A key to the Mets success lies with someone who wasn’t supposed to be here by now…
It wasn’t supposed to be this way.
When Terry Collins was hired in November, 2010, it was always believed Sandy Alderson appointed him to bridge the gap between the transition years which would follow to whoever would lead the Mets into the phase they find themselves in today, which is a playoff bound National League East champion.
As it turns out, Terry Collins is that guy.
Perhaps the club’s rise to the top of the division came prematurely. Perhaps the Mets ultimately viewed Collins as that guy to lead the Mets into this new frontier.
Maybe it was a little bit of both.
Either way, much like David Wright, Collins deserves as much praise and reverence as anyone in this organization for the work he has done to not only lead the Mets in this stunning run into October, but for his ability to keep the glue from breaking as the Mets and the fan base waited endlessly for Saturday’s moment to come.
“It’s gratifying to see it come together, “GM Sandy Alderson on Saturday. “Terry did a super job holding the team together for as long as he did, and then taking advantage of some additional personnel late in the season, managing the pitching staff.
“You think about what [Dan Warthen] and Terry did with the pitching staff, having to skip starts and limit innings and do a host of things to try to get us to the end, it really was an incredible job in that area, not to mention keeping everybody on an even keel.”
And that’s probably what he’s best at. Even during the leaner years, Collins did a tremendous job shielding his clubhouse from all of the negativity, doing whatever he could do to keep a positive tone and change what was really a flawed culture with this organization prior to his arrival.
Even in 2015, when the team was in shambles as late as July 24, when Eric Campbell and John Mayberry Jr. batted third and fourth against Clayton Kershaw at Citi Field, he took the lumps and the hits for the team’s uninspiring play and broken roster, ensuring the culture he had helped create behind those close doors remained nurtured and unaffected.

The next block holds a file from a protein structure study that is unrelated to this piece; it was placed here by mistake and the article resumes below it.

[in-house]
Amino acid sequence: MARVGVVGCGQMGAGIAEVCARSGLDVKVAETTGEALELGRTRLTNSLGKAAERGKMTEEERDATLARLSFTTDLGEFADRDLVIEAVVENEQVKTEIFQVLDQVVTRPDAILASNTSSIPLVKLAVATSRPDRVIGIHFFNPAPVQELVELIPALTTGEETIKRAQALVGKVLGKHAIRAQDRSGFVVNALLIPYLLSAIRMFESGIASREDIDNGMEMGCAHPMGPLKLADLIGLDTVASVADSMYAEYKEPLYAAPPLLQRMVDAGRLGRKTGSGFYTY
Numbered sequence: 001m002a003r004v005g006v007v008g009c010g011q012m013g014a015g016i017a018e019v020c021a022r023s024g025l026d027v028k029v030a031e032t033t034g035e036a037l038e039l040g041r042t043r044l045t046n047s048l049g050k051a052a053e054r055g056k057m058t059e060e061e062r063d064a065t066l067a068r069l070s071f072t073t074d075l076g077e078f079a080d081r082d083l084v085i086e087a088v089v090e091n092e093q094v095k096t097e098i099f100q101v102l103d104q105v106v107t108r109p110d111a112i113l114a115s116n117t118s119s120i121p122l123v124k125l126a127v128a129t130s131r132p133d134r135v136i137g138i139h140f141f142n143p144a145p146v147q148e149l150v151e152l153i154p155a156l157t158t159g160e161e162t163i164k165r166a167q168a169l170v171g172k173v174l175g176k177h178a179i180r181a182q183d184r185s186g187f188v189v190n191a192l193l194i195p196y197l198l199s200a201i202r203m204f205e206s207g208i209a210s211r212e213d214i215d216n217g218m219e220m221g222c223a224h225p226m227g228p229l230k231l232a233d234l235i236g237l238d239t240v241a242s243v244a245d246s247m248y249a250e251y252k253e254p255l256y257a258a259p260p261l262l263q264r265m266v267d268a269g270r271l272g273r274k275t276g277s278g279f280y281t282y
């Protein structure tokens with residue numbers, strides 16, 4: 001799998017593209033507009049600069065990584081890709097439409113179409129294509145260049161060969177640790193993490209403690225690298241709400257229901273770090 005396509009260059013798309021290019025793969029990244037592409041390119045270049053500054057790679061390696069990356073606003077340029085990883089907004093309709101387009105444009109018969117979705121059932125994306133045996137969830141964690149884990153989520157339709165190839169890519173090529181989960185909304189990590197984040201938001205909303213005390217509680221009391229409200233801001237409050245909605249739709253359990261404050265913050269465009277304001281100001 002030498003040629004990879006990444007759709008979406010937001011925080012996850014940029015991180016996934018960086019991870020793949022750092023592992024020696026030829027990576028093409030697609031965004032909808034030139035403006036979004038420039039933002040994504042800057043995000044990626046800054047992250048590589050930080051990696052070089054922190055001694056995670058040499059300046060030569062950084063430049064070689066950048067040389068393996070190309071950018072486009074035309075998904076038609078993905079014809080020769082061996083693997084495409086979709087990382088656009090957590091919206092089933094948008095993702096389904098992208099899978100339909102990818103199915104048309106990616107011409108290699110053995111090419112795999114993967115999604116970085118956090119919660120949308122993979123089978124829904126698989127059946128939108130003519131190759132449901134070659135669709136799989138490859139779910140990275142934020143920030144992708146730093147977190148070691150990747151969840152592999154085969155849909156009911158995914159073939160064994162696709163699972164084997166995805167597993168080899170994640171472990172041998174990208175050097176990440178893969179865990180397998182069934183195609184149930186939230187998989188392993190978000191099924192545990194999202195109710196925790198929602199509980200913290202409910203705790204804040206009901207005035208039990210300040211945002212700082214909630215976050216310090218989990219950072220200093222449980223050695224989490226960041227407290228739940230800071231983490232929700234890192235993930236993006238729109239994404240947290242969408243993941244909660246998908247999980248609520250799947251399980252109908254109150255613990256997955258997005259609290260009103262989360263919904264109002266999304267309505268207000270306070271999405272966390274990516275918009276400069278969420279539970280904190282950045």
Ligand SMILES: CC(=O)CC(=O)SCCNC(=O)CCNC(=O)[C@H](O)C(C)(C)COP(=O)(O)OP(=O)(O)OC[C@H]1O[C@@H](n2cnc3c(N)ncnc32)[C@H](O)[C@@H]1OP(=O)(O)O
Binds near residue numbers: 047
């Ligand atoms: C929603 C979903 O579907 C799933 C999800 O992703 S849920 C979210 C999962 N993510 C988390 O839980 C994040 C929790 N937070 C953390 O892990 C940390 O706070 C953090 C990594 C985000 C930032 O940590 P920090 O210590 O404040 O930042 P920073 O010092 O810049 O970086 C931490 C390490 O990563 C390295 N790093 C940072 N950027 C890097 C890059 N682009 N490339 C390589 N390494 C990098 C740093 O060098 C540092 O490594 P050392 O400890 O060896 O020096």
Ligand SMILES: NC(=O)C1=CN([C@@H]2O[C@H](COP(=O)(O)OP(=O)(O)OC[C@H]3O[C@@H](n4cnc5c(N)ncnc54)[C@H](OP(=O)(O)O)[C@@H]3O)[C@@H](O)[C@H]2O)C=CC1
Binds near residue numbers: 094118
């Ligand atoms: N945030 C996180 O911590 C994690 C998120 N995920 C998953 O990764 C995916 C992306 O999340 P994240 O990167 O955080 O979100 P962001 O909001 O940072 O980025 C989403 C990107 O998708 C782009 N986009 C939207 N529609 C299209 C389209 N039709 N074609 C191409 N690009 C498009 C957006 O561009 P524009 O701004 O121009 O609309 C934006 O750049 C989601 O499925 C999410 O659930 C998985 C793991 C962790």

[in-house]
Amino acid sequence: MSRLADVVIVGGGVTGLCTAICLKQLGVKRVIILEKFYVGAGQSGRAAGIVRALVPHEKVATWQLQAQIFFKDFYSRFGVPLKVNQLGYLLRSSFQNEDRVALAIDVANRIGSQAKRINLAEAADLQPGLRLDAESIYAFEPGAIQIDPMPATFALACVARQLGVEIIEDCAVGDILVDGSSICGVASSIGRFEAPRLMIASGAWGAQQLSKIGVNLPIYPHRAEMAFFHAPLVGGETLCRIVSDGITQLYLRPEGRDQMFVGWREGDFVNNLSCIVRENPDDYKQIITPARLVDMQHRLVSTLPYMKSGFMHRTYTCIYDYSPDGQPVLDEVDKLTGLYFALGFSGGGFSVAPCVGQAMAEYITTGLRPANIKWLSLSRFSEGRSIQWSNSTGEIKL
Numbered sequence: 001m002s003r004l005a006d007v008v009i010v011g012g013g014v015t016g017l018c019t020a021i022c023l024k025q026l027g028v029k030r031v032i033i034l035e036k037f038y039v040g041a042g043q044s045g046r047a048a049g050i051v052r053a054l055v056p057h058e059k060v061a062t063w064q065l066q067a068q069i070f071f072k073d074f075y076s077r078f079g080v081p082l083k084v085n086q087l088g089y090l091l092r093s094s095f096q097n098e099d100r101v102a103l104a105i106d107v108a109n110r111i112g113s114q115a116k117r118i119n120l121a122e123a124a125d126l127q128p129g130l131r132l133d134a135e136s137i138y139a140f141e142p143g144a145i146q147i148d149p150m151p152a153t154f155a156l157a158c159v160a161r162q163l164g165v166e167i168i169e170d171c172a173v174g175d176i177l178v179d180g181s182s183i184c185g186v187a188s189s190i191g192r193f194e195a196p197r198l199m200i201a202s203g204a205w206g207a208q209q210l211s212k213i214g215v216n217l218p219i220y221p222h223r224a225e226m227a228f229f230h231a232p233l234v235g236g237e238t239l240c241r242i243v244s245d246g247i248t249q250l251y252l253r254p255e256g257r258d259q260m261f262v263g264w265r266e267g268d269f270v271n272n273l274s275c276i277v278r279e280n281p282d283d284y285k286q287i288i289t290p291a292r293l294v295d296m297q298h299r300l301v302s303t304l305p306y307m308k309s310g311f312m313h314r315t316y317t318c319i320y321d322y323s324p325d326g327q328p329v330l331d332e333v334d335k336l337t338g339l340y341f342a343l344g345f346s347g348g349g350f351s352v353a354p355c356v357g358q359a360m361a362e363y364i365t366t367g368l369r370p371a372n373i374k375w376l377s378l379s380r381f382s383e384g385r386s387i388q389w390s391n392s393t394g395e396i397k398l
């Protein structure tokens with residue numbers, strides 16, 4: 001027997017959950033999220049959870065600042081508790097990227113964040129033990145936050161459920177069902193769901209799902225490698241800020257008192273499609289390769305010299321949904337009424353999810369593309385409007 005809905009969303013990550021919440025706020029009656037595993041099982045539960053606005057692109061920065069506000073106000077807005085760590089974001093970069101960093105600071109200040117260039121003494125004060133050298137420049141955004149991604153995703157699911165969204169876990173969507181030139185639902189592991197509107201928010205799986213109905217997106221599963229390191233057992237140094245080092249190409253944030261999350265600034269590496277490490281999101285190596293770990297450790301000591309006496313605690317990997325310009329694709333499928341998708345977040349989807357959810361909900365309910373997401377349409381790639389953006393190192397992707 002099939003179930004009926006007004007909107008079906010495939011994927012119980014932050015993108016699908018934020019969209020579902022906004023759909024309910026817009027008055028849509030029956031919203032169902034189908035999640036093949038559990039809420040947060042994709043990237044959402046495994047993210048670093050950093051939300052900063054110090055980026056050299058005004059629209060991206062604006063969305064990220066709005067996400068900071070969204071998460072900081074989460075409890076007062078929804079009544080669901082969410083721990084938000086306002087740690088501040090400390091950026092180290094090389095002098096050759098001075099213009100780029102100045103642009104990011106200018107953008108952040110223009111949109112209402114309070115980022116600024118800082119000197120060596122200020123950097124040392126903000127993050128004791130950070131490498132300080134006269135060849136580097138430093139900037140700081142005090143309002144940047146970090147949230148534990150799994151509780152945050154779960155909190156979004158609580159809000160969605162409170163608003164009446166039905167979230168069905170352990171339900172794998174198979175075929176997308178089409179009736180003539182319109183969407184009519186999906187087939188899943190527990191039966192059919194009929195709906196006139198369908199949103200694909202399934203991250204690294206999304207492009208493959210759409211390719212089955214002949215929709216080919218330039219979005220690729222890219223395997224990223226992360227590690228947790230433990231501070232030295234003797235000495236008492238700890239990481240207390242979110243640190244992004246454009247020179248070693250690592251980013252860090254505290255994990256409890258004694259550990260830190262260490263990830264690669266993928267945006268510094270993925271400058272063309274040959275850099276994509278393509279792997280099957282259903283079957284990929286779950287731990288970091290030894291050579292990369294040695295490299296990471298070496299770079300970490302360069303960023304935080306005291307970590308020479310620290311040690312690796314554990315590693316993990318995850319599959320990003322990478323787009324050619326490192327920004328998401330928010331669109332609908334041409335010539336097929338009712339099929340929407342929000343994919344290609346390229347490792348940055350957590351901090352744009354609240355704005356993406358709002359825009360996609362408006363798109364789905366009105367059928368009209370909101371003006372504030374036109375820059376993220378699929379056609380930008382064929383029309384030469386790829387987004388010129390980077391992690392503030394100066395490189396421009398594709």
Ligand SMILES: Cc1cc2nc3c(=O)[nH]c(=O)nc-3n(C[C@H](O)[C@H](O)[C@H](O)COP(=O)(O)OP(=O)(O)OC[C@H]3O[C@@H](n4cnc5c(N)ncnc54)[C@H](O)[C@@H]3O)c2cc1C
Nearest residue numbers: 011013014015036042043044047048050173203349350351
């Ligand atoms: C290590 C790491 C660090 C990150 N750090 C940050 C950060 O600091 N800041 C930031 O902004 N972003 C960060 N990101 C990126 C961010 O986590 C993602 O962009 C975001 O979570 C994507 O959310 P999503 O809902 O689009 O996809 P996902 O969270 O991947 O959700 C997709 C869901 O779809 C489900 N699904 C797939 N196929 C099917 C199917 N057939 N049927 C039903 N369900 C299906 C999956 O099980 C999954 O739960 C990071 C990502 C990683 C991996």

He has managed with less for far longer than anyone could have anticipated, even up to that July 24 red letter date.
That in and of itself should put him in the lead for National League Manager of the Year in 2015.
Now, after his 803rd game managing these Mets, he has risen to the top and reached the playoffs for the first time in his 40-year baseball career.
“This is what it’s all about,” Collins told Gelbs after Saturday’s win. “This is why you play the game. You’re tired. You’re worn out. This is worth all the effort, all the hours. There’s no way to describe it until you’ve done it. It’s worth all the time, all the press conferences and everything you do, this is the culmination of it all. It’s a great feeling and it’s really fun.
“It’s tremendous for me, for our fan base,” Collins continued. “They’ve been waiting a long time for this and I’m so happy for them. We asked them to be patient and they were.
Collins began realizing the time had finally come after the Mets jumped out to a 7-2 lead, thanks to Lucas Duda’s first career grand slam, a solo home run from Curtis Granderson, and a two-run double from Michael Cuddyer.
“I started thinking about my dad in the third inning,’’ Collins told Kevin Kernan of the New York Post. “He’d be real happy today. He’s the reason I’m here in the game today. This is for him. And this is for all these players.’’
But for Collins, this is only the first of many steps he expects to take with his Mets. He is not close to satisfied, as both he and his team remain hungry for what lies at the top of the baseball world.
“This team is going to be good for a long time,” the manager concluded.
Not bad for a guy who wasn’t supposed to be here by now.